Preheat the oven to 200C (180C fan-assisted). Once the two hours is up, remove clingfilm from the top and drizzle 200ml of extra virgin olive oil over the dough, ensuring it covers every nook and cranny of the dough. A silicone brush will help aid this process. Sprinkle the entire surface of the bread liberally with the uncrushed Maldon sea salt flakes and pick the rosemary leaves from the woody stems and sprinkle them evenly on the bread dough. Place on the top shelf in the oven and bake for 25-30 minutes, or until golden brown. The results, as you can see above, are absolutely splendid... I hope you will give it a go.

Sunday, 7 August 2011

RECIPE: Churros and Chocolate (HEAVEN!)

I do love a good donut. Donuts of all descriptions but Churros really do it for me. Perfect balance of dough to cinnamony-sugary, crispy goodness. Add a pot of dipping chocolate into the mixing and I'm good to go.

Last year I bought myself a Churros maker which, to be perfectly honest, looks like a gentlemen's genital enlargement tool. Ok, I'm trying to be polite... quite frankly it looks like a penis pump, but if it gets the job done and makes good Churros, then I am happy. Basically you only really need a piping bag with a star-ridged nozzle to do the job really, so don't go frantically looking for a special Spanish Churros maker like I did!

This recipe is not my own; it is a recipe from Thomasina Mier's 'Mexican Food Made Simple'which I bought last year with the intention of making Churros. So forgive me, as clearly I am a little behind but MAN was it worth the wait! So here is the recipe;

Churros and Chocolate

125g plain flour
125 self raising flour
450ml of boiling water
2 tablespoons of olive oil
A good pinch of salt
2 tablespoons of ground cinnamon
200g of caster sugar
1.5-2 litres of sunflower oil

For the chocolate sauce
200g dark chocolate (preferably 70% cocoa)
50g milk chocolate
2 tabelspoons of golden syrup
300ml of double cream

In a heavy based saucepan over a very gentle heat, pour in the double cream, golden syrup and break in all of the chocolate and stir well until the chocolate melts and the sauce because a rich, glossy chocolate mixture. Then turn the heat off. Then preheat a large pan over a medium to high heat (or medium if using gas) and pour the sunflower oil in it in preparation for frying your churros.

In a heatproof or metal bowl sift the flours and salt together into the bowl and make a well in the centre. Measure out 450ml of boiling water in a measuring jug then add your olive oil into the hot water and stir well before pouring into the centre of your well in the bowl with the flour in it and using a fork, stir well.
The mixture is going to look bizarre, like a thick, raw bread dough but this is correct and you will need to let it rest for 10 minutes.Once done, fill a piping bag with some of the mixture and testing the oil is hot enough first (usually a small bit of bread should turn golden within 30 seconds) and pipe in your churros dough (about 5 inches long) and snip the ends off with a pair of scissors. Don't overcrowd the pan because they have a tendency to stick together in the oil otherwise, so 3 at a time works best. Fry them all and once done place on a plate lined with a couple of sheets of kitchen towel to drain off excess oil.

Mix the caster sugar and ground cinnamon together and either roll the churros in the sugar mixtures of liberally sprinkle the sugar mixture over the Churros... And don't forget to pour yourself a nice cup of the chocolate sauce to dip the Churros in. HEAVEN!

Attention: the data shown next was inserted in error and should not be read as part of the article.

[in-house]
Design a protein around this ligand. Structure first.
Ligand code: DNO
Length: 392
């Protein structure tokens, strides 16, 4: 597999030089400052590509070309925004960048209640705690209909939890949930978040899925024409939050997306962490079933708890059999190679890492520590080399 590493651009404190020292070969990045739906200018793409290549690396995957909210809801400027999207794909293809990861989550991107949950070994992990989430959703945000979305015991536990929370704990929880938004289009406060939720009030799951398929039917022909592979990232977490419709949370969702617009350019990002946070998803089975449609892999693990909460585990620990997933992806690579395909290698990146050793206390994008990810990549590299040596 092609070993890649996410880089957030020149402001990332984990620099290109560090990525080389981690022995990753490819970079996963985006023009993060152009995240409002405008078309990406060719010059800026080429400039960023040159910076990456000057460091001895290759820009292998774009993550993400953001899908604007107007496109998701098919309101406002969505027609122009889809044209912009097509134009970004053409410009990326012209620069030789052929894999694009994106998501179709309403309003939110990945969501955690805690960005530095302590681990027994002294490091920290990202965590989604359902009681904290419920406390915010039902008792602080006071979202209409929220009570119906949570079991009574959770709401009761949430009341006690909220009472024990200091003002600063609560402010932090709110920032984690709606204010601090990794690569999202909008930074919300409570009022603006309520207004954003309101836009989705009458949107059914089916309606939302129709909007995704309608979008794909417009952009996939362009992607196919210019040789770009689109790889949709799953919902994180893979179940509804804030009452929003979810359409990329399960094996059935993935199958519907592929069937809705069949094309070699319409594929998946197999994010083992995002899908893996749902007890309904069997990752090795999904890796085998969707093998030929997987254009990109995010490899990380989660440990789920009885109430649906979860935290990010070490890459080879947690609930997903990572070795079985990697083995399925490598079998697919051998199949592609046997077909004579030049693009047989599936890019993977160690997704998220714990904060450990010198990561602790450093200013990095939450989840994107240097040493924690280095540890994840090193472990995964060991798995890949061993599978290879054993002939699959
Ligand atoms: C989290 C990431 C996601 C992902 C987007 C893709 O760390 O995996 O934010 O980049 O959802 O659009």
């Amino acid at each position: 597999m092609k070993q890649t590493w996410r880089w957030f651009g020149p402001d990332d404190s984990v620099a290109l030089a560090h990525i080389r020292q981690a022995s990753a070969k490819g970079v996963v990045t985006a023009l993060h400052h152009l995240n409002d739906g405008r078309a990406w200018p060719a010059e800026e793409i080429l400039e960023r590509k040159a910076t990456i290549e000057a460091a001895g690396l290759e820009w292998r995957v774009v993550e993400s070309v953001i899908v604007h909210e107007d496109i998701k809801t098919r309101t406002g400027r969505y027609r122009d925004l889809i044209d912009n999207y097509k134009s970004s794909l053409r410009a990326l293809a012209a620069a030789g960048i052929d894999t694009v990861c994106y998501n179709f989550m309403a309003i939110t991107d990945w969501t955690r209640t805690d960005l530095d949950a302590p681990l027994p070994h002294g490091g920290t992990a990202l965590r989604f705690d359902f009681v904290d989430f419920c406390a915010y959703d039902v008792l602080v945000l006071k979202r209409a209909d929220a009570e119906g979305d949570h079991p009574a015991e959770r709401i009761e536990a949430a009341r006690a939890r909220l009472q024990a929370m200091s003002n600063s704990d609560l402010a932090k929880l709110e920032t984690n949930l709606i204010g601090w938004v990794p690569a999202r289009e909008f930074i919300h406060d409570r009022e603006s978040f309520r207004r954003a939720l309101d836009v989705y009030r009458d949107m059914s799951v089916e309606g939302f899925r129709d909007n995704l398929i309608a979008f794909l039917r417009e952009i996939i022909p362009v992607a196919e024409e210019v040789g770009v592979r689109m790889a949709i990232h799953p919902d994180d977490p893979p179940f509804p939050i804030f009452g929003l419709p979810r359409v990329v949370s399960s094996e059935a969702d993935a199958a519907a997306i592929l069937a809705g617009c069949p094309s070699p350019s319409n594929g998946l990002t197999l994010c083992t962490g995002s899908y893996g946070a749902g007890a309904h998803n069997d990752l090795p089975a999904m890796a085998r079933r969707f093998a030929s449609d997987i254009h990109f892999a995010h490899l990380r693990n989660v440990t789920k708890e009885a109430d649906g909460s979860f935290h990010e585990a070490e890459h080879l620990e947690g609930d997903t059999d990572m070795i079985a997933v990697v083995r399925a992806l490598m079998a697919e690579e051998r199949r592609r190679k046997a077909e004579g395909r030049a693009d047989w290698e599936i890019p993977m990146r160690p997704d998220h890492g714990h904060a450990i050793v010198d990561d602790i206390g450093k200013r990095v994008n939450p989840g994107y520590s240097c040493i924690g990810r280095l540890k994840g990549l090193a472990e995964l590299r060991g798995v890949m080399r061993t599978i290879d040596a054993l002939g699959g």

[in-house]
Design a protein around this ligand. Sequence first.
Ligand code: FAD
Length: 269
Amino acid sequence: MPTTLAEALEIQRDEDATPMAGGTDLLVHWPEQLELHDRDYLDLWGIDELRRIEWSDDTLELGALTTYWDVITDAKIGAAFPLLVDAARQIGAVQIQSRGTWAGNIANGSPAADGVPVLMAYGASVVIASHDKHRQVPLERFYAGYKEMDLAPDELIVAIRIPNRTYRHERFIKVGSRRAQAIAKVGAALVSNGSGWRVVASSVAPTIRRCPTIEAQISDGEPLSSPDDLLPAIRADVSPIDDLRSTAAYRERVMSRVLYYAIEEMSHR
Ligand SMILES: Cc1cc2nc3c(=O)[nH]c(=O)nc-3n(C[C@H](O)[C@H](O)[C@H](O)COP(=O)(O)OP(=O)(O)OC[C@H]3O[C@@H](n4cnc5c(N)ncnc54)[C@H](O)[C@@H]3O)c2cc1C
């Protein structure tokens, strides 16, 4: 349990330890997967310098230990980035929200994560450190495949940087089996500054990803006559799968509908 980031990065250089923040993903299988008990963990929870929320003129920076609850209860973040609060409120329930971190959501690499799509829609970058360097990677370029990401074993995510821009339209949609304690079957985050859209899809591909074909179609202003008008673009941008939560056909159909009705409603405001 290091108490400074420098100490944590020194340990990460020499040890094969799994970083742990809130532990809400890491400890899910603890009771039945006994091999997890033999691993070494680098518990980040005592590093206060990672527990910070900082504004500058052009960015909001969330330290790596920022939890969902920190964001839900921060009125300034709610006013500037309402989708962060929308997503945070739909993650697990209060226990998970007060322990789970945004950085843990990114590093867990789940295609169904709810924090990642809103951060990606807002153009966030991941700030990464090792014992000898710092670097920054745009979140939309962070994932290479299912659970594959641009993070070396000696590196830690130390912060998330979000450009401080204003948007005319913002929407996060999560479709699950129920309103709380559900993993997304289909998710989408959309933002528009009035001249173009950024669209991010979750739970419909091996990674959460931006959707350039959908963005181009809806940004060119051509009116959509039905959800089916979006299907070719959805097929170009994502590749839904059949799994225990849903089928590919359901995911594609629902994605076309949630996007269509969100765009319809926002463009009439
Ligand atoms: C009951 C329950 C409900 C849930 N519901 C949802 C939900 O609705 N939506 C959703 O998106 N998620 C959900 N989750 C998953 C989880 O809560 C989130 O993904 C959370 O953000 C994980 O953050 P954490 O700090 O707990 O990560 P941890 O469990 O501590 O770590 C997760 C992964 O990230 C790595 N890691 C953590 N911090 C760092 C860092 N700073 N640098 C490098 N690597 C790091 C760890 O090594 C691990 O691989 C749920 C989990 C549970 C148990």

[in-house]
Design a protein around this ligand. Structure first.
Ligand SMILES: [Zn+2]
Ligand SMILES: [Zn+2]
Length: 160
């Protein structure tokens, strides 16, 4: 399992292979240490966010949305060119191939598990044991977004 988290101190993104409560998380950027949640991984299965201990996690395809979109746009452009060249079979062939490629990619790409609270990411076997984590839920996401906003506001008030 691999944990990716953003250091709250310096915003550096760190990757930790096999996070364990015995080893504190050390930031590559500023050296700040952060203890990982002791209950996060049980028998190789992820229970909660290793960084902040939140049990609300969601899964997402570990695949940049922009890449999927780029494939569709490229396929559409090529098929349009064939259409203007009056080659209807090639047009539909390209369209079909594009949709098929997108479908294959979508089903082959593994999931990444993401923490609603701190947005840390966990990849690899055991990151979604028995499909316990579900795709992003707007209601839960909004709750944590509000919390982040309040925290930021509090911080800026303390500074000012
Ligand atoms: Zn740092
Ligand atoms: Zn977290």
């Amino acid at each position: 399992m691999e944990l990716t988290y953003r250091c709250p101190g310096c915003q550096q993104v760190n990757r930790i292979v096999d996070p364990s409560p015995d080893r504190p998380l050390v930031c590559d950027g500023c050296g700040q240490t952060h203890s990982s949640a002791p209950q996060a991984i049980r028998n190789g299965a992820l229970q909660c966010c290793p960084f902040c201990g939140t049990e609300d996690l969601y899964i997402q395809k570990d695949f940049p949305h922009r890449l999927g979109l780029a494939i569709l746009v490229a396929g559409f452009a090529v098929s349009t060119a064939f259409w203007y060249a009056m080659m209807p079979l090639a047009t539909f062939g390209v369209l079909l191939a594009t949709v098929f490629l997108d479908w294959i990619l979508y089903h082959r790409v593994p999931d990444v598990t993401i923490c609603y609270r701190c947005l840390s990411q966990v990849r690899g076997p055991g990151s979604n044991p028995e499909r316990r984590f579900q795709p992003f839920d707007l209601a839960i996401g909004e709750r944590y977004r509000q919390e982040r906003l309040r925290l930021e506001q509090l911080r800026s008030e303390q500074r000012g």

Saturday, 6 August 2011

STREET FOOD: Big Apple Hot Dogs

Do you like hot dogs? I sure as hell do... and finding good ones in London or in fact anywhere in the UK is truly a very hard job. As you may know, I have recently been exploring the street food stands of London trying to seperate the wheat from the chaff and wrapping my lips around this bad-boy-of-a-hot-dog was nothing short of a pure, unadulterated pleasure.

Owner of Big Apple Hot Dogs is the colourful Abiye, who on this occasion was joined by his teenage son Isaac on a gorgeous sunny day, serving up hot dogs from their little corner just a stones throw away from Old Street tube station. There is a lovely table just adjacent to the hot dog stand where you can sit and if you're lucky, as we were, you are bathed in sunshine whilst sipping a cold drink as you contemplate what to order.

Waiting for my chosen hot dog, 'The Big Dog' - a double smoked pork hot dog seasoned with marjoram, garlic and black pepper, felt like the longest wait of my life. I was absolutely dying to get my chops around one of those bad boys and the wait was killing me. Finally I am presented with an absolutely enormous hot dog and the first bite delivers the crucial 'sausage snap' that any self respecting hot dog should have, followed by a mouthful of meaty, juicy sausage, bathed in your chosen sauce (which in my case HAS to be mustard and ketchup and loads fof it). For £3.50, there aren't many better meals to be had in the City, let alone the country.

I have waited in line for over an hour to eat hot dogs at the world famous 'Pinks' in Los Angeles as well as explored the hot dog scene in New York at places such as Gray's Papaya, Shake Shack and Crip's Dogs and to be perfectly honest, they've got nothing on Abiye's Big Apple Hot Dogs. My one wish would be that the Chilli Cheese Dog would become more popular over here, as it is my favourite and nobody seems to be doing it. Having said that, Big Apple Hot Dogs are more than enough to satisfy my inner greedy girl and I cannot wait to go back for some mo', fo' sho'!

You can follow Big Apple Hot Dogs on Twitter: @BigAppleHotDogs

Big Apple Hot Dogs
239 Old Street
Tel: 07989 387 441